Monthly Cultural Round Up: June

Well, scary to think that we are already half way through the year. With that banal thought out of the way, onto the culture…


The Dreaming Void Peter Hamilton This was interesting. Like the Peter Hamilton I have read before, this was pretty disposable entertainment. Very readable, quite compelling with some interesting characters and ideas. I do wonder why he bothered to make this Commonwealth and use old characters because it is nonetheless a completely different world, but perhaps this will become clear as the trilogy progresses. And as for that, it is in no way a stand alone book – it kind of just ends, not terribly elegantly, and if you want to get any sort of closure you will have to commit to the other two I imagine. It does suffer some of the problems of the big selling, quick to market books, with a bit of poor editing in places. And at the moment I think it has just a couple too many characters who havenn’t really gone anywhere interesting, However, despite all the disposable-ness of the book, I have caught myself thinking about the Makkathran (the void and the dreams) parts of the book from time to time. So I will definitely be progressing onto the next part of the trilogy…


Iron Man I finally got around to watching Iron Man – the original version, not the sequel. I thought it was quite interesting – not quite as fabulous as I had expected from all the hype, but not bad either. Obviously Robert Downey Jr was playing a role that he could do in his sleep, and I am not quite sure what the point of Gwyneth was. I’m glad that things didn’t get romantic between them because there was zero chemistry. Overall the film was an interesting take on the super hero genre – particularly the whole foreign-war-fighting part – the usual trope of the super hero genre tends to involve urban villains who commit crimes – or who are super bad guys. So the idea of coming and preventing war atrocities in tiny Afghan villages is quite a fascinating one. I think I would have liked more of that. It was inevitable that there is a sequel though; the film felt almost entirely like a prelude to something and that further films are needed to actually see him in action. It is a challenge of the super hero genre really – superheros come from the perpetually continuing comic format, where an origin story can stretch out for a long time. So when films try to deal with superheroes, trying to get the balance right between origin story and ongoing action is always something of a challenge. But that is why sequels, and prequels, were invented. Anyway, over all quite enjoyable, even if there were a couple of really dire lines “nothing elese matters but the next mission.” Really, please.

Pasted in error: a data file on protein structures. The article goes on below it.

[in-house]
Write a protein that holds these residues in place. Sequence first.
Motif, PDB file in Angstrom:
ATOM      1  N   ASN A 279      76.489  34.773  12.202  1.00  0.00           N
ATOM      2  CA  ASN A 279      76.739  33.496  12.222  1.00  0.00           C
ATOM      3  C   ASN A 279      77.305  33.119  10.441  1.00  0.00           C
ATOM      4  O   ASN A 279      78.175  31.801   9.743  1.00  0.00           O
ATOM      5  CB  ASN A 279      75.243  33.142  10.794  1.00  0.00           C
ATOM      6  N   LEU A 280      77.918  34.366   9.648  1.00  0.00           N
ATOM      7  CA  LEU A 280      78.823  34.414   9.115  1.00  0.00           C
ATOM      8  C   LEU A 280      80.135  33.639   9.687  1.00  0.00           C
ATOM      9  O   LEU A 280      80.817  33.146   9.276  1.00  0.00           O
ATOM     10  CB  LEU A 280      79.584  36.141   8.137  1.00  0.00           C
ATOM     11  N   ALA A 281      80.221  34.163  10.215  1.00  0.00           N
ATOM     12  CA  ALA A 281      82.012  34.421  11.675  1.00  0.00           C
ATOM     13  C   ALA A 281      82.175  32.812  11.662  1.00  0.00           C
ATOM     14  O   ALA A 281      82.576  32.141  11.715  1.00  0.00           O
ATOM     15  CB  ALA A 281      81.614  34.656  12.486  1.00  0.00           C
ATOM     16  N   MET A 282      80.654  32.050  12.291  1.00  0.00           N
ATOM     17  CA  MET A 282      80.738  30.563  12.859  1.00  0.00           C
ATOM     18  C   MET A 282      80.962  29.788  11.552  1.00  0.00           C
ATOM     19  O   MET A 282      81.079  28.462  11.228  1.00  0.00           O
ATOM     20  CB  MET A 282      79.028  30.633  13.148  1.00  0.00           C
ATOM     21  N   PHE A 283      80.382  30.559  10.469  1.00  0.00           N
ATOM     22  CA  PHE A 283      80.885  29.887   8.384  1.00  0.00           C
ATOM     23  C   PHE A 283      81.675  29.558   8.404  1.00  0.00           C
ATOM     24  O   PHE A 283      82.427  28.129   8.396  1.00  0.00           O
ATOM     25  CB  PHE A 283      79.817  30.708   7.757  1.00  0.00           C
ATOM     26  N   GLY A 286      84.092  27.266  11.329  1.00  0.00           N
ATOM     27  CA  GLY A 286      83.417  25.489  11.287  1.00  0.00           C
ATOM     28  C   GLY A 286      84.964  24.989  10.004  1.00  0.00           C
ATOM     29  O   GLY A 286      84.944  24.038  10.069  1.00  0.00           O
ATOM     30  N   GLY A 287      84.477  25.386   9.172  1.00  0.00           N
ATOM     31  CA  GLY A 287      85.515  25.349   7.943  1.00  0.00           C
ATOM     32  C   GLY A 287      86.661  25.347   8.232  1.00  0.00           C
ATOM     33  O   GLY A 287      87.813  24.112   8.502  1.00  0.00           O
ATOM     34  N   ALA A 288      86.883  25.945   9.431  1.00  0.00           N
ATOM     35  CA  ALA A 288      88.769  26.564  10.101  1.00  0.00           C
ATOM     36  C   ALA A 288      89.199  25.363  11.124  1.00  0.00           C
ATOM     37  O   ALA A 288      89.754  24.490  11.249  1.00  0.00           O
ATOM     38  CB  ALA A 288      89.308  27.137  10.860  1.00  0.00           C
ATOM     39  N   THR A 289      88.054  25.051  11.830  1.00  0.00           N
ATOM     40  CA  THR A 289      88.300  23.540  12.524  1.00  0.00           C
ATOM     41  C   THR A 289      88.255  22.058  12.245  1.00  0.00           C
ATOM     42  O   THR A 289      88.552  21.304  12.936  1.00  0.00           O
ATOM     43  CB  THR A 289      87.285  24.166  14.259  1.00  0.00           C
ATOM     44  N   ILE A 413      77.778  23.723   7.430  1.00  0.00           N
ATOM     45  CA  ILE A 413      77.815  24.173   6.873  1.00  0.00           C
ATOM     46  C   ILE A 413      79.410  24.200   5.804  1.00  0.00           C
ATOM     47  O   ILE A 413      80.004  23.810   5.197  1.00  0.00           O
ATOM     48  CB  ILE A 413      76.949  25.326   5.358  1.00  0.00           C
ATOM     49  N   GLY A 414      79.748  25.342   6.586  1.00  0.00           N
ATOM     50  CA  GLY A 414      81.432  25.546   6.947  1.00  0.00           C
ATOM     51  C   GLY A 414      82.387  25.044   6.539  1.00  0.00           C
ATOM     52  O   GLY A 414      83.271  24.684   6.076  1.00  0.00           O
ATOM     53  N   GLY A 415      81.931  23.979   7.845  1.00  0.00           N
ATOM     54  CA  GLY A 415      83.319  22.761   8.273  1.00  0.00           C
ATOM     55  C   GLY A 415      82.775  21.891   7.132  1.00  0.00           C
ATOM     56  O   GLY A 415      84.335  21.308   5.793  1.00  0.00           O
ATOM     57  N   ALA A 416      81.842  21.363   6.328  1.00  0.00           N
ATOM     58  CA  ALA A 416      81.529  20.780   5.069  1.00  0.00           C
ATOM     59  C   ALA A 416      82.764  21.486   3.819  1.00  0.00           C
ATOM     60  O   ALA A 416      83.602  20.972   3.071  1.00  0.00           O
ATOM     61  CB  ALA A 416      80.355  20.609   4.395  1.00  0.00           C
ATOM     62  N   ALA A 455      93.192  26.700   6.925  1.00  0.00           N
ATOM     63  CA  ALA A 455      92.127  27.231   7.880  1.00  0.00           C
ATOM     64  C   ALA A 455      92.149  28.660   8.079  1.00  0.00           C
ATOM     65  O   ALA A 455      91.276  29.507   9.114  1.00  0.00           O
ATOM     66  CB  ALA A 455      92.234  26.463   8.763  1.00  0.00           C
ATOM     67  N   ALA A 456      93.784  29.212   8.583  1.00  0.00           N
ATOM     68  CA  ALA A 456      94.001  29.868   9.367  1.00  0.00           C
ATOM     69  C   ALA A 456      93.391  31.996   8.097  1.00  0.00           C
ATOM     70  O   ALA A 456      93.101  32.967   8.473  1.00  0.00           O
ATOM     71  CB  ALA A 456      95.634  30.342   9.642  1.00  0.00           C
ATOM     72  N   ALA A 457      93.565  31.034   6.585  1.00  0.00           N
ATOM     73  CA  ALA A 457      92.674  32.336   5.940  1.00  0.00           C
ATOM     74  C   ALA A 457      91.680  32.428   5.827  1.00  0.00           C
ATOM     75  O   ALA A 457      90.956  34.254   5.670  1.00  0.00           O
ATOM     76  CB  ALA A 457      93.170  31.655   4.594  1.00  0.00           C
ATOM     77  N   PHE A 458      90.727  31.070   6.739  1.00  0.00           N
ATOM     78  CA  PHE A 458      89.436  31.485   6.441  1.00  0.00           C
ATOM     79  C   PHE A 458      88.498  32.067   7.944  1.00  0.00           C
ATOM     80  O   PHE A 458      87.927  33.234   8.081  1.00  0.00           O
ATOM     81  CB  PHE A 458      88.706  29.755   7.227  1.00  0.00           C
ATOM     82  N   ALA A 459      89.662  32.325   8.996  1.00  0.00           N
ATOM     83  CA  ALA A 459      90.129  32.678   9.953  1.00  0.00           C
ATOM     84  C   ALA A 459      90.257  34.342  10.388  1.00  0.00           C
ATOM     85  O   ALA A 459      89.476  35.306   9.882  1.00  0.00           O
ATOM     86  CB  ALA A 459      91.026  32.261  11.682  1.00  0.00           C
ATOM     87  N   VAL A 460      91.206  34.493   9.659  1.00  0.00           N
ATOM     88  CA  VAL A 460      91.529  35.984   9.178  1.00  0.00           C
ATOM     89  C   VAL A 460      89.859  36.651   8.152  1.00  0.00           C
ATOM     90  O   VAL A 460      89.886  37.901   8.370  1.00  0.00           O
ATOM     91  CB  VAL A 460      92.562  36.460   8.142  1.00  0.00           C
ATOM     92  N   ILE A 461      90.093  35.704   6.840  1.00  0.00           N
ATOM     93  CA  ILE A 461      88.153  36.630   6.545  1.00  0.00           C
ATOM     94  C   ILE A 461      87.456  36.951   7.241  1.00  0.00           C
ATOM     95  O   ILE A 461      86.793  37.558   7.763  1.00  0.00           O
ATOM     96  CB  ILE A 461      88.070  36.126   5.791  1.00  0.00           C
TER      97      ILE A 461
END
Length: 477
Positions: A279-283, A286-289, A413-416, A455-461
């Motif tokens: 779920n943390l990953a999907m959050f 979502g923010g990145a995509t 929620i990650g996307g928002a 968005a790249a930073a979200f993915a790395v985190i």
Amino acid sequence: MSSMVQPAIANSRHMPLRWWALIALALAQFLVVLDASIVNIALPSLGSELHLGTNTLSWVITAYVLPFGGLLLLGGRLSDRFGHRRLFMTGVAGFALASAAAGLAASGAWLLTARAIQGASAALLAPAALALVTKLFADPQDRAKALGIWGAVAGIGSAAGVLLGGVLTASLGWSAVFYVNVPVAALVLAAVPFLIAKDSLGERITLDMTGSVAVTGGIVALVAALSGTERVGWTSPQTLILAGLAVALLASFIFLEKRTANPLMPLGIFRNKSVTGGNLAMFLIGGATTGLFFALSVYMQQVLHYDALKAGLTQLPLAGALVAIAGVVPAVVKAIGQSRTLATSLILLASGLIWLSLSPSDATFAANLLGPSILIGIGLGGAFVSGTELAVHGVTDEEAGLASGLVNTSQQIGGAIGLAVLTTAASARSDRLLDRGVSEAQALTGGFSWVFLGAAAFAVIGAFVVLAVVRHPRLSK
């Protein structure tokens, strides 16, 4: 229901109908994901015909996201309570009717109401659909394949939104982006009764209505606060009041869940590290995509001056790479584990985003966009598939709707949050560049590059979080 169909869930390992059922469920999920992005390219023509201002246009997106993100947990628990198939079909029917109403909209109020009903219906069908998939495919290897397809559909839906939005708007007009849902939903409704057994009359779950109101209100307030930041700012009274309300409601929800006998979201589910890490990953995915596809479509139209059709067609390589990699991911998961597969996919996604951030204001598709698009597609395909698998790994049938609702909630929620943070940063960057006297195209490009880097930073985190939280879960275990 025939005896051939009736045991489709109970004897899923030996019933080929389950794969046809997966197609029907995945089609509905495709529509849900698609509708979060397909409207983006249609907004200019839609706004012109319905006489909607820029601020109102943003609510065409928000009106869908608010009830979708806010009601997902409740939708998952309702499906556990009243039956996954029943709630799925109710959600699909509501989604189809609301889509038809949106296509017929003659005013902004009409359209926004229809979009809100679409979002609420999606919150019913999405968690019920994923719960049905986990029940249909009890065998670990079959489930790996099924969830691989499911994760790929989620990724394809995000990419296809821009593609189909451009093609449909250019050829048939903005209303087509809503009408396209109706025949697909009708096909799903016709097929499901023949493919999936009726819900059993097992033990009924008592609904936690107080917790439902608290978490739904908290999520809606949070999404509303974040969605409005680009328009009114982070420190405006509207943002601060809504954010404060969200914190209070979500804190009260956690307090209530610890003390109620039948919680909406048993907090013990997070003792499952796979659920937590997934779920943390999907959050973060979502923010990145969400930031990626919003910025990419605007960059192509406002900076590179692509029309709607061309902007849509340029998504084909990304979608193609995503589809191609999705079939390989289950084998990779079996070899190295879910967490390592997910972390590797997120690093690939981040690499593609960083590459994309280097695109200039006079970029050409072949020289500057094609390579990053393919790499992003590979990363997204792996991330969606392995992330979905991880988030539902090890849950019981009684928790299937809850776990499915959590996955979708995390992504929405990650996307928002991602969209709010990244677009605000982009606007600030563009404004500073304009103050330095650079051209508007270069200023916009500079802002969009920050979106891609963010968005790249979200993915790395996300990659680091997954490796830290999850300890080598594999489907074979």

Doctor Who So I think I may commit blasphemy and say that you know, I think that I like Matt Smith as much as David Tennant, possibly even more. There is something so sweet about him, while still being very Doctor-esque. I think he is rather like Peter Davison as a Doctor. And, as was said on Sunday night, that seemed like a really fast season – which says something about the fact that it was such an enjoyable season, which was really well paced and didn’t drag. Some of the episodes weren’t stellar, but the weren’t dragging. And they did contribute to the over arching arc of the season. Anyway, I am definitely a Matt Smith fan, I like where they are taking River Song, and I thought the fact that we got Amy both as a child and a grown up added to the attraction of her, Of course, the attractiveness added to the attraction of her, even when she was a bit of a passenger in a couple of episodes, so that didn’t hurt either. I am also reasonably pleased with the way they have hopefully dealt with the whole companion-love thing – by making it really explicit, then making a choice, then getting on with it. And River adds to that dynamic. Anyway, now it is just annoying that we probably won’t have any more until Christmas…


The Man in Black So, Tex Perkins does make a terrific Johnny Cash. And the show was well constructed and performed and the backing band was good and real, if you like either Tex Perkins, or Johnny Cash, or, even better, both, I definitely recommend it. The very entertaining thing about the show was the eclecticness of the audience, as there were clearly people who fit into all three of the different categories above. And certainly one where the parent-adult child thing was quite common. So really, just do it!